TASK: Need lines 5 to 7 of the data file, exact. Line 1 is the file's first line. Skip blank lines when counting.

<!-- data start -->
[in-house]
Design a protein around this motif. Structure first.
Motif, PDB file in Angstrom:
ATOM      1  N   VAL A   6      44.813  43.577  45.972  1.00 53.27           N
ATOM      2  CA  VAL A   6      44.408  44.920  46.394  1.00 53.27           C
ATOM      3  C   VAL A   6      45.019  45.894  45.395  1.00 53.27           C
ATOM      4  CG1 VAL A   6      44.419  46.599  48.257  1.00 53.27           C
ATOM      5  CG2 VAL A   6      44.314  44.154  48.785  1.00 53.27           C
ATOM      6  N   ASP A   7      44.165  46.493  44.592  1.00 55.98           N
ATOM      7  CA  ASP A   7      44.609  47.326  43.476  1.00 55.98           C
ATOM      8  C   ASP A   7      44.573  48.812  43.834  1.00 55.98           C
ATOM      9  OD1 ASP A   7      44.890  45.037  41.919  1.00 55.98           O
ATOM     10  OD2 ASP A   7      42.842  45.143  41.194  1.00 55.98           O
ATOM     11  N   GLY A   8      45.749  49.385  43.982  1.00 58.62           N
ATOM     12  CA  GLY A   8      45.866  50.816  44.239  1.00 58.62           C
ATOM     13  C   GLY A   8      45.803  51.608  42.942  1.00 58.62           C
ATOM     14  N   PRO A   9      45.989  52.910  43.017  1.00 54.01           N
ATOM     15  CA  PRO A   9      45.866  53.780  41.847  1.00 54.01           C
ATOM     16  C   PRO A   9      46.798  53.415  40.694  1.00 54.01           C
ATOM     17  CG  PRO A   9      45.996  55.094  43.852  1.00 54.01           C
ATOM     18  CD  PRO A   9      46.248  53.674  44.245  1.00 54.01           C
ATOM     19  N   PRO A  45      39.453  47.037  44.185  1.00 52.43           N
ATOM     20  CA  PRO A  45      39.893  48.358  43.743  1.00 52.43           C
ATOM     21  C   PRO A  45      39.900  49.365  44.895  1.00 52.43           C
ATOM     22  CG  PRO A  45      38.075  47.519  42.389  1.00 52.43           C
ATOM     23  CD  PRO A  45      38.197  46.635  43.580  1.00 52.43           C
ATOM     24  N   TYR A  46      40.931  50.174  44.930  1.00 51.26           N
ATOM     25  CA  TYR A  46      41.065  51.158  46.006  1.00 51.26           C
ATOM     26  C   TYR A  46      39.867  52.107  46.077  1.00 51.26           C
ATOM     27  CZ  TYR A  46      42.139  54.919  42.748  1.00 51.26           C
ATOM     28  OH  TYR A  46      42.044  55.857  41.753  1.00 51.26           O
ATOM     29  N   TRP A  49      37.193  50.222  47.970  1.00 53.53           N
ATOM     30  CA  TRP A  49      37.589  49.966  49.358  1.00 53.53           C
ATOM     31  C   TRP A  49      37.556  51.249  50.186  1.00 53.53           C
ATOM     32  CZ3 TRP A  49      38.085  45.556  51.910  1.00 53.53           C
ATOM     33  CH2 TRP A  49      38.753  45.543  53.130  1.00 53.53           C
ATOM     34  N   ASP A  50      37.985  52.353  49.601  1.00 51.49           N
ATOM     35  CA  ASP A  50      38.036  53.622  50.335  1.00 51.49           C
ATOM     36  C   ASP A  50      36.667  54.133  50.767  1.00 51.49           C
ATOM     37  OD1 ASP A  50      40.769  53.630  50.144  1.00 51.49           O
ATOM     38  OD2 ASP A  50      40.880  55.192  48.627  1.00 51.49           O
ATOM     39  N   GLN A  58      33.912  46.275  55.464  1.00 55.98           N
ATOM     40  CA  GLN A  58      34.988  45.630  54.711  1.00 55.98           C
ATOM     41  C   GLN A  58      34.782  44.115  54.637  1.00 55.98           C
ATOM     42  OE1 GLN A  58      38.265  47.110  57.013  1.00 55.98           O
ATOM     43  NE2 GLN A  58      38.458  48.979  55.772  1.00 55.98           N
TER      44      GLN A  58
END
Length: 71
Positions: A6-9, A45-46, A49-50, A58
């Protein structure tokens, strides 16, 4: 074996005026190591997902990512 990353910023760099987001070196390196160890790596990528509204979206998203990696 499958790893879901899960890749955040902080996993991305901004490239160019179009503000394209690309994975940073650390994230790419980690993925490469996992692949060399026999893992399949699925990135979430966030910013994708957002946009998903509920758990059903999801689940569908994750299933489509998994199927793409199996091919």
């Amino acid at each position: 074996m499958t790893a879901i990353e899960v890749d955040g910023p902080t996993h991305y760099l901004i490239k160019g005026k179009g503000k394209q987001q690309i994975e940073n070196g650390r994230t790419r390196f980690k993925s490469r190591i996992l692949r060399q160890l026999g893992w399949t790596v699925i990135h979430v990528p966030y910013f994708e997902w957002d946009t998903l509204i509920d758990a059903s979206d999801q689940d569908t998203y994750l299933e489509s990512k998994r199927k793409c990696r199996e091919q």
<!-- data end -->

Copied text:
ATOM      2  CA  VAL A   6      44.408  44.920  46.394  1.00 53.27           C
ATOM      3  C   VAL A   6      45.019  45.894  45.395  1.00 53.27           C
ATOM      4  CG1 VAL A   6      44.419  46.599  48.257  1.00 53.27           C